[SS report on Manuel Rodriguez – Alpha 66 in Dallashttp://www.maryferrell.org/mffweb/archive/viewer/showDoc.do?docId=11250&relPageId=2]
The ATF agent in Dallas had learned from a local Dallas gun dealer, who also resembled Oswald, that Rodriguez was trying to buy arms for his group to attack targets in Cuba, and this agent and FBI agent James Hosty, along with US Army Intelligence officer Ed Coyle, met together on the morning of the assassination to discuss this case.
But it was a Deputy Shriff (Buddy Walters?) who informed the Secret Service about the Alpha 66 being in Dallas after the assassination.
Coyle worked with the 112th US Army Intelligence group under Col. Robert Jones, who testified before the HSCA that he was responsible for counter-intelligence against such subversive suspects as Rodriguez and Oswald, and that his group, responsible for a region that included Texas and Louisiana, had files on both Rodriguez and Oswald.
Jones was also familiar with Capt. James Powell, who photographed the scene of the crime shortly after the assassination, and said both Jones and Coyle were working that day, while Powell says he took off to photograph the motorcade on his own time. Jones also said that there were eight to ten other plainclothes officers from his group who worked on security for the President’s visit to Texas, including Dallas.
But Jones did not know or recognize the name of Gen. Whitmyer, the head of the 488th Army Reserves unit based in Dallas, whose officers included men in the pilot car of the motorcade and the entire 50 man Criminal Intelligence Unit (DPD CIU) including Lt. Jack Revell and Captain Gannaway, who ran most of the informants for the Dallas Police Department. [It has been reported that the office of the CIU Special Services Unit was at the Texas State Fairgrounds, rather than DPD HQ, so informants could report in without being seen at the DPD HQ.]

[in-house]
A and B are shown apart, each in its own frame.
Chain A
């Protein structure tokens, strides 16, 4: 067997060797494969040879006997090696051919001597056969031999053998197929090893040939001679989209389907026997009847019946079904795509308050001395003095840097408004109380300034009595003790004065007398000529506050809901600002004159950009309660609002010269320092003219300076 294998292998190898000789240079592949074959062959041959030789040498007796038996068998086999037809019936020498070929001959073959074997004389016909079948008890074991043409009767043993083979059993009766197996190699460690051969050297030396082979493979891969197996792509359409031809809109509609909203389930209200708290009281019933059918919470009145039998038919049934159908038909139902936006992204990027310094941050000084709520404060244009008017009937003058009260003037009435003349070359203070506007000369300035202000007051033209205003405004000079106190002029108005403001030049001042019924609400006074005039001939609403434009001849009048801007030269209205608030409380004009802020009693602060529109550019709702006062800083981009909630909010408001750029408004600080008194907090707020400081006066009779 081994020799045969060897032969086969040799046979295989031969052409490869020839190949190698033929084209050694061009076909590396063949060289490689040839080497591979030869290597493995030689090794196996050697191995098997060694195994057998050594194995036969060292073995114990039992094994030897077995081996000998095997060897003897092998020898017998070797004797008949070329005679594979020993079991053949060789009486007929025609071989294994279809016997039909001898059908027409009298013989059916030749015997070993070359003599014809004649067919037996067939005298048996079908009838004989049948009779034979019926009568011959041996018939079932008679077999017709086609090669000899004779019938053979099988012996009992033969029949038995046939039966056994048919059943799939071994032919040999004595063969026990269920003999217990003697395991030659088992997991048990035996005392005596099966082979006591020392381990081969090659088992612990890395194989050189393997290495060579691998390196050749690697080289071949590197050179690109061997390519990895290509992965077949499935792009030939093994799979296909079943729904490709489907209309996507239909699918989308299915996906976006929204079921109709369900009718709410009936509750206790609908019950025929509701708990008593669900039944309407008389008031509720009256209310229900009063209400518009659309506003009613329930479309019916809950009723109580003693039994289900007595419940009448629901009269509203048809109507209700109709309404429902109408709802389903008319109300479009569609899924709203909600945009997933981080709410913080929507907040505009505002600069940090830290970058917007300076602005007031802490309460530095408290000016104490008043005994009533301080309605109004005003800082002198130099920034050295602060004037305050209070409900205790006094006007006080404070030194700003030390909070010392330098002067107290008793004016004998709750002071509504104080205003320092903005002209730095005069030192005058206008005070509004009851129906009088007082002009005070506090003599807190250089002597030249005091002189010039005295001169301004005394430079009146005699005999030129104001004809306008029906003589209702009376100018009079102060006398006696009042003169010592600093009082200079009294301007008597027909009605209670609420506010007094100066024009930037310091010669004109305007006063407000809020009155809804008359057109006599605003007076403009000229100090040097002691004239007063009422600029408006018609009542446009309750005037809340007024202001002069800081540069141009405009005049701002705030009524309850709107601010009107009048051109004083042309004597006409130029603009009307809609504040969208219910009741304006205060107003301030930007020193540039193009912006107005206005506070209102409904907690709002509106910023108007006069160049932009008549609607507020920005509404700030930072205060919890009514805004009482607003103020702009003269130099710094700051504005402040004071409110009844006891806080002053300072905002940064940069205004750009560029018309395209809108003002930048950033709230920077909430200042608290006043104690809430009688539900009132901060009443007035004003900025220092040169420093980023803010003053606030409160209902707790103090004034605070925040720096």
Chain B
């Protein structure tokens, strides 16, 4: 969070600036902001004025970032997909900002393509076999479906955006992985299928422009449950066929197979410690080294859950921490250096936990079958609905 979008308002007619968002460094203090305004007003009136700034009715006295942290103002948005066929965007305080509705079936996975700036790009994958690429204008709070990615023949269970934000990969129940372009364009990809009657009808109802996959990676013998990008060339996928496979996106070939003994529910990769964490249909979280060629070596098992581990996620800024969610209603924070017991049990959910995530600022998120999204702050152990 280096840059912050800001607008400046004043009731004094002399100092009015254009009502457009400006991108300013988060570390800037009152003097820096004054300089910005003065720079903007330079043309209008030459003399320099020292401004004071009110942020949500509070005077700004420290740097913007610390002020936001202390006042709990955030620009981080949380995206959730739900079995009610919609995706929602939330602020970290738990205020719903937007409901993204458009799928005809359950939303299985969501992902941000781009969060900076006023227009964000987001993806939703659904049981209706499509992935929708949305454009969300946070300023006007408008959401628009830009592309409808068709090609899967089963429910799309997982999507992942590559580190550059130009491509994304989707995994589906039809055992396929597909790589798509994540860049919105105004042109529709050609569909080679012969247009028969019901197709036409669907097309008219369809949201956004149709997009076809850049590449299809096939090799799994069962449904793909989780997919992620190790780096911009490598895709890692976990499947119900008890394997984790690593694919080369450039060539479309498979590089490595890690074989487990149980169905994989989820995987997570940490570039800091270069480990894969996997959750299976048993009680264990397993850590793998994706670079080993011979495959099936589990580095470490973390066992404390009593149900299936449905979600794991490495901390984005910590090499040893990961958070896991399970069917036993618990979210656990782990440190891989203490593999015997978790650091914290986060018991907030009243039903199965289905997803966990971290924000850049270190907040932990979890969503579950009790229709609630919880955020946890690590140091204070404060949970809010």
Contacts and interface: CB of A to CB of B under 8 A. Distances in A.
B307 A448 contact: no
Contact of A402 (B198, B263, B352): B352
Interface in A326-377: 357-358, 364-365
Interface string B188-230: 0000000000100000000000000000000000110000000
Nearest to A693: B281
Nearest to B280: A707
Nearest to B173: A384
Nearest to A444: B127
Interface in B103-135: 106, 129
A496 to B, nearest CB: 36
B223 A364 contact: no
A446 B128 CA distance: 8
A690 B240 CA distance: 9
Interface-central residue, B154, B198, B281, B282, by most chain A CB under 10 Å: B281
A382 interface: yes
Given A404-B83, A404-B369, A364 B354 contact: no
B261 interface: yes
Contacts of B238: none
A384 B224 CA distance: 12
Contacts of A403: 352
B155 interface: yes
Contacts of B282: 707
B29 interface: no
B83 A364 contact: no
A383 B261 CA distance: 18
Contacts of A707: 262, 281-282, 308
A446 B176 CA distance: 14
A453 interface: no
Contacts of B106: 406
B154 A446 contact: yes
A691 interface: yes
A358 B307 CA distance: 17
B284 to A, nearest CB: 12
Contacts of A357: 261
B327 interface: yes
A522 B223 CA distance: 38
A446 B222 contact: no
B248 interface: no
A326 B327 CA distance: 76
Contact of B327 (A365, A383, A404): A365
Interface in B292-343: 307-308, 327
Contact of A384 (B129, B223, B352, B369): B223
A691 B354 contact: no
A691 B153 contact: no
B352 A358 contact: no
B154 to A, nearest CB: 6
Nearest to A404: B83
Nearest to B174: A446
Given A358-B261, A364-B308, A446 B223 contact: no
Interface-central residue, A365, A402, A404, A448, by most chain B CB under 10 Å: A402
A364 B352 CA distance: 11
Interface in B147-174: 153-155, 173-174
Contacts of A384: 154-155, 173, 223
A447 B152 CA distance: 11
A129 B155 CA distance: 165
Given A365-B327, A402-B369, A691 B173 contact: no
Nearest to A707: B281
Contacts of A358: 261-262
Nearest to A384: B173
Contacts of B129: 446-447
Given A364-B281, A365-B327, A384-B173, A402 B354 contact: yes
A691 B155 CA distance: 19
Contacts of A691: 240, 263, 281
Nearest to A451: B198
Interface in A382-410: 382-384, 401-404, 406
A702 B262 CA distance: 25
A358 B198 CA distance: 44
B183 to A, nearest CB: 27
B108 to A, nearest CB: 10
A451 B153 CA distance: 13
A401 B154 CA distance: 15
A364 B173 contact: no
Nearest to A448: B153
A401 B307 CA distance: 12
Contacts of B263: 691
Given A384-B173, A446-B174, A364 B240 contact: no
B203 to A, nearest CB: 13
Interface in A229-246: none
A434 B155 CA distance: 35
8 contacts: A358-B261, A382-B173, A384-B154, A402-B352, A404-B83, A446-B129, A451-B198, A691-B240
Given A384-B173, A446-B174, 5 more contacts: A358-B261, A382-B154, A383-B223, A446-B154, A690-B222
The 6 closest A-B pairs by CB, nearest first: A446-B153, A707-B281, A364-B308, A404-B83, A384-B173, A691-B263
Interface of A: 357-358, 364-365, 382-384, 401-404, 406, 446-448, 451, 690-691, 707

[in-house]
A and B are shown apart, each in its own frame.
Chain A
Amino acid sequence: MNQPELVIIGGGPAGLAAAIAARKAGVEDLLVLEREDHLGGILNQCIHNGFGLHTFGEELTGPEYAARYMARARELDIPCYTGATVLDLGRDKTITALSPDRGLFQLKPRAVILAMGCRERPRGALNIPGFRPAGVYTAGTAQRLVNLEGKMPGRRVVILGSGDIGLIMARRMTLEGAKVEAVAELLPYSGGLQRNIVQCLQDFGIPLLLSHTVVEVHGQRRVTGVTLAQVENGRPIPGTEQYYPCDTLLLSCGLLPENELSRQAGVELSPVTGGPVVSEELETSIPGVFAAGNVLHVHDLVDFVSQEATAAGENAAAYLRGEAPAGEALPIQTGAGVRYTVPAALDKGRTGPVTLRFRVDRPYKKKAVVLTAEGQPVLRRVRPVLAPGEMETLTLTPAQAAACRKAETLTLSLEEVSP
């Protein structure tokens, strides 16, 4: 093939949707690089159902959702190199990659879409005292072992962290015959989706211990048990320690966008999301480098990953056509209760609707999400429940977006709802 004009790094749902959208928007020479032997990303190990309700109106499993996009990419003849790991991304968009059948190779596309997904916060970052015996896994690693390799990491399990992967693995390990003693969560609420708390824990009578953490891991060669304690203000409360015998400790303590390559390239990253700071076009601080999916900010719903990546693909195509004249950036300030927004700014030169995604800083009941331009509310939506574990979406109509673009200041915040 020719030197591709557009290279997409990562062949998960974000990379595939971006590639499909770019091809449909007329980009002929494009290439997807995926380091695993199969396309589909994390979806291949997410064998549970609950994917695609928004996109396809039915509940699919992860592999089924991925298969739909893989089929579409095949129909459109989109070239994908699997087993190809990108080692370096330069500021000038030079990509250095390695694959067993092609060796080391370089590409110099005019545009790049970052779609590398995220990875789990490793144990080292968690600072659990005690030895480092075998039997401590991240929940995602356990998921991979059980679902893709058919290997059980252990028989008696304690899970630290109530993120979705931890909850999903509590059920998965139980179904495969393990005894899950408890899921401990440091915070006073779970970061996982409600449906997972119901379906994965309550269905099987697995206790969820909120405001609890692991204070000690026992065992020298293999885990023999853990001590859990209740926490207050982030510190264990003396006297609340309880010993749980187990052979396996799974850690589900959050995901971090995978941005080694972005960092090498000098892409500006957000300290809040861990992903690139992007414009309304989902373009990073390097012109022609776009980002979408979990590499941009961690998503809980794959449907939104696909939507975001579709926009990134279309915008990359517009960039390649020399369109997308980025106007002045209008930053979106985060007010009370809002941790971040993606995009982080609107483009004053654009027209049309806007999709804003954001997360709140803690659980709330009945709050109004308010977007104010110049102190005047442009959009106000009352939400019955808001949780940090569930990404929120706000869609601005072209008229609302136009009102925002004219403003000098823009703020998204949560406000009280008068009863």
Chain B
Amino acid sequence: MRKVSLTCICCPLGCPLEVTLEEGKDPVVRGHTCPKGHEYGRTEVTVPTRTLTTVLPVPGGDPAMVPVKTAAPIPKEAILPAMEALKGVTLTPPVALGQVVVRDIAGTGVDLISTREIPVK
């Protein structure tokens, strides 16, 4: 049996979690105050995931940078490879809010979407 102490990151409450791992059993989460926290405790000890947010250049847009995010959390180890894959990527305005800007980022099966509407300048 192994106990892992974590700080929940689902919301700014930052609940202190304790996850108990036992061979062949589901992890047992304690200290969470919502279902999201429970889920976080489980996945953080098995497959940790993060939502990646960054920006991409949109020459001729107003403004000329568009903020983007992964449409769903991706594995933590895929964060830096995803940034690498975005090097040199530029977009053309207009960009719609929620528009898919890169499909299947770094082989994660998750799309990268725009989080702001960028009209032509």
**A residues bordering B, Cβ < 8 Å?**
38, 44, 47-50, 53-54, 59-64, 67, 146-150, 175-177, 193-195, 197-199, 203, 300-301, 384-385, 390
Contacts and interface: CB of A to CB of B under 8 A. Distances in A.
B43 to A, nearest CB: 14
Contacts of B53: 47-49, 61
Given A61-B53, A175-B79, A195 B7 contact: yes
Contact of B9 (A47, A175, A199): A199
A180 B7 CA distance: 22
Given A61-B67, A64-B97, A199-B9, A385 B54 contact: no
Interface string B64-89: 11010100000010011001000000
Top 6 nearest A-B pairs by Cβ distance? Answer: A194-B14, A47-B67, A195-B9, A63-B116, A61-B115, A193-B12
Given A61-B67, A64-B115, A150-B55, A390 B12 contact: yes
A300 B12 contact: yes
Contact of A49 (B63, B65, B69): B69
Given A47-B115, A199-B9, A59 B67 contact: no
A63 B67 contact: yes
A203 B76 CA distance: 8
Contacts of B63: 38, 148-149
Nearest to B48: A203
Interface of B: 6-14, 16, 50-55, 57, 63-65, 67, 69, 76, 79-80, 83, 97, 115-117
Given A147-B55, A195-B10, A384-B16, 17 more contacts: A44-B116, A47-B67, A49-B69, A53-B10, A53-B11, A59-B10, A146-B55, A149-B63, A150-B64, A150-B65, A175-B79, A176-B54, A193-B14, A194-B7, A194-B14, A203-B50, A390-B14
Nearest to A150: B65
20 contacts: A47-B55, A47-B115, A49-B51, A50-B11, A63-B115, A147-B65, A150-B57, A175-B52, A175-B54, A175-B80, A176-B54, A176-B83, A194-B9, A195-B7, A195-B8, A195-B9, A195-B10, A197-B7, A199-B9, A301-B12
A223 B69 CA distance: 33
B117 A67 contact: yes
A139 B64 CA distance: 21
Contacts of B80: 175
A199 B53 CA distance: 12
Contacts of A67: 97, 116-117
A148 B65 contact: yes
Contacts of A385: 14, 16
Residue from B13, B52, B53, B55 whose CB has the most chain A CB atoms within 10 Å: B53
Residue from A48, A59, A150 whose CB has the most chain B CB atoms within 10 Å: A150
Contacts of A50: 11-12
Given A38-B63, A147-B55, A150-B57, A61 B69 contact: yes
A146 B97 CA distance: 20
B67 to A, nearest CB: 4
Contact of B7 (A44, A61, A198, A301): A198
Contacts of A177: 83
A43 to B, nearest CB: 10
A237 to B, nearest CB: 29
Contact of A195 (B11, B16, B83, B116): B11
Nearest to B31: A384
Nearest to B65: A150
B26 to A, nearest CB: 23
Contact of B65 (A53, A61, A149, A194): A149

According to The Kennedy Detail (Blaine, Hill et al, 2010), the PRS didn’t have one suspect in the Dallas area among their top 400 suspicious subjects on the Watch List, yet there was an ongoing investigation into those who were filmed by a TV news crew physically assaulting United Nations Ambassador Adli Stevenson.
In addition, we learn from J. E. Hoover’s memo to Secret Service Chief Rowley (Dec. 18) that the FBI did indeed tip the Secret Service off about a suspect who threatened the president, a John Birch Society (JBS) college student whose threat was reported by a DPD CIU informant and investigated by Revell and Gannaway. They apparently talked with the suspect, who said he wasn’t going to be in Dallas when the President was there, and they apparently took his word for it.
Revell and Gannaway, along with the other fifty members of the DPD CIU were members of the 488th US Army Reserve unit under Gen. Whitmyer, who reportedly said that his unit was ordered to stand down and not participate in the security for the president’s visit, as they normally should have been.
But members of the unit were participating in the security of the President as members of the Dallas Police Department, there were two members of the 488th in the pilot car of the motorcade.
While most of the descriptions of the motorcade mention only the Lead Car, driven by DPD Chief Curry, and including Secret Service officers, in front of the Lead Car there was a Pilot Car, driven by 488th member Capt. Lumpkin.
According to PDS Dallas COPA address, this car pulled to the side of the road in front of the TSBD and Capt. Lumpkin talked briefly to one of the three police officers assigned to traffic duty at that intersection (Huston & Elm), sixty feet below the Sixth Floor Sniper’s window. Except there is no mention of this stop or what was conveyed in the official reports.
(Are there any photos or films of the pilot car at all ?)